Taliban show their strength with attack in Afghan capital

KABUL, Afghanistan — Taliban fighters stormed two government ministries and the prisons administration center Wednesday in Kabul in simultaneous assaults that killed at least 20 people, wounded more than 50 and underscored the ease with which the insurgents are able to penetrate the heavily guarded Afghan capital.

All eight assailants also died in the audacious midmorning attacks, two by blowing themselves up at the prisons office and the rest in gun battles with the police inside and outside the Ministries of Justice and Education, Afghan officials said.

For more than two hours, gunmen roamed the halls of the Justice Ministry, shooting at staff members inside the building and at police outside, until security forces killed them, officials said.

The assaults came a day before Richard Holbrooke, the new special U.S. envoy to Afghanistan and Pakistan, was expected to make his first visit to Kabul to assess the worsening violence in the war-torn country.

A Taliban spokesman claimed responsibility for the attacks, telling privately owned Ariana Television in a telephone call that they were in response to the mistreatment of captured insurgents by the government.

Interior Minister Hanif Atmar told a news conference that 20 people were killed and 57 wounded.

The assaults began at 10 a.m. and sent bystanders outside the two ministries, in the traffic-choked heart of the city near the presidential palace, scurrying for cover.

Amanuddin Jamal, who was walking outside the Justice Ministry, said a gunman began firing an assault rifle at guards at the building's entrance as four other assailants blasted their way inside.

"There was a person who had a shawl wrapped around him. He began shooting from a Kalashnikov and his companions entered the Justice Ministry," Jamal said.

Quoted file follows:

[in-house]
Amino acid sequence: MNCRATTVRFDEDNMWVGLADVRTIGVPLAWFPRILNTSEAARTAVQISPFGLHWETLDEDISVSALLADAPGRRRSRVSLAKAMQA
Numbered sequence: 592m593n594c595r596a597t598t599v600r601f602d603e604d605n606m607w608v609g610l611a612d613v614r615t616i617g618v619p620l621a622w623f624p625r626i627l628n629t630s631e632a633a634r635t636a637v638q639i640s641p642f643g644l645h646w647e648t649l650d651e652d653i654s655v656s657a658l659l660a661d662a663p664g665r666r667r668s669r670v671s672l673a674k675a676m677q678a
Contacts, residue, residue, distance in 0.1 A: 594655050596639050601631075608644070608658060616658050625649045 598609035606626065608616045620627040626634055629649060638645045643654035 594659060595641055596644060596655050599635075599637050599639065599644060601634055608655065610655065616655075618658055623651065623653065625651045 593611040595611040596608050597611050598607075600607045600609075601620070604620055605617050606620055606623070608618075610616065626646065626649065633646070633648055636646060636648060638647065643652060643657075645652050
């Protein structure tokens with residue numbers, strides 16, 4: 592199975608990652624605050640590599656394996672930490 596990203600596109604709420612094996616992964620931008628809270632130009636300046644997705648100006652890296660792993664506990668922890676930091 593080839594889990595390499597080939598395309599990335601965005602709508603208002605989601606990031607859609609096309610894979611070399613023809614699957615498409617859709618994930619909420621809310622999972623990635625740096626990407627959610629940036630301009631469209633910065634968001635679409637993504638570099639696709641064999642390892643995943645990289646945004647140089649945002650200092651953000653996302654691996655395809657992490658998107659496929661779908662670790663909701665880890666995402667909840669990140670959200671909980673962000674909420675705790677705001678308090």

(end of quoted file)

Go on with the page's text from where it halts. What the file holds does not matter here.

Mohammad Daoud Amin, the district police chief, said police officers returned fire, killing the attacker, while the four gunmen stalked the halls inside shooting ministry staff.

Justice Minister Mohammad Sarwar Danesh was in his office at the time, but was escorted out of the building safely, Amin said.

Security forces exchanged fire in the building for more than two hours with the gunmen, who on several occasions loosed fusillades of bullets from windows at police officers deployed outside.

Several employees were seen fleeing the building, their faces creased in terror.

Meanwhile, a man dressed in the uniform of the National Security Directorate, the country's top intelligence agency, stepped out of a car and approached the gate of the Education Ministry, which is about 500 yards from the Justice Ministry on the opposite side of Zarnigar Park.

Several witnesses said the man opened fire with an assault rifle at a wooden guard booth on the wall that surrounds the building, and died when police shot back.

"He emptied his magazine and was putting another into his weapon," said Najibullah Haideri, a ministry guard. "My commander ordered him to lay down his gun, but he continued shooting and my commander shot him."

The third assault occurred at the department of prisons in a northern section of the city, said Gen. Mohammad Arif, a senior official at the facility.

He said that two "suicide attackers" approached the entrance from different directions.

"One of them faced resistance by the guard at the gate and he blew himself up. The second one got into the building and blew himself up. In total, seven people were killed," Arif said.


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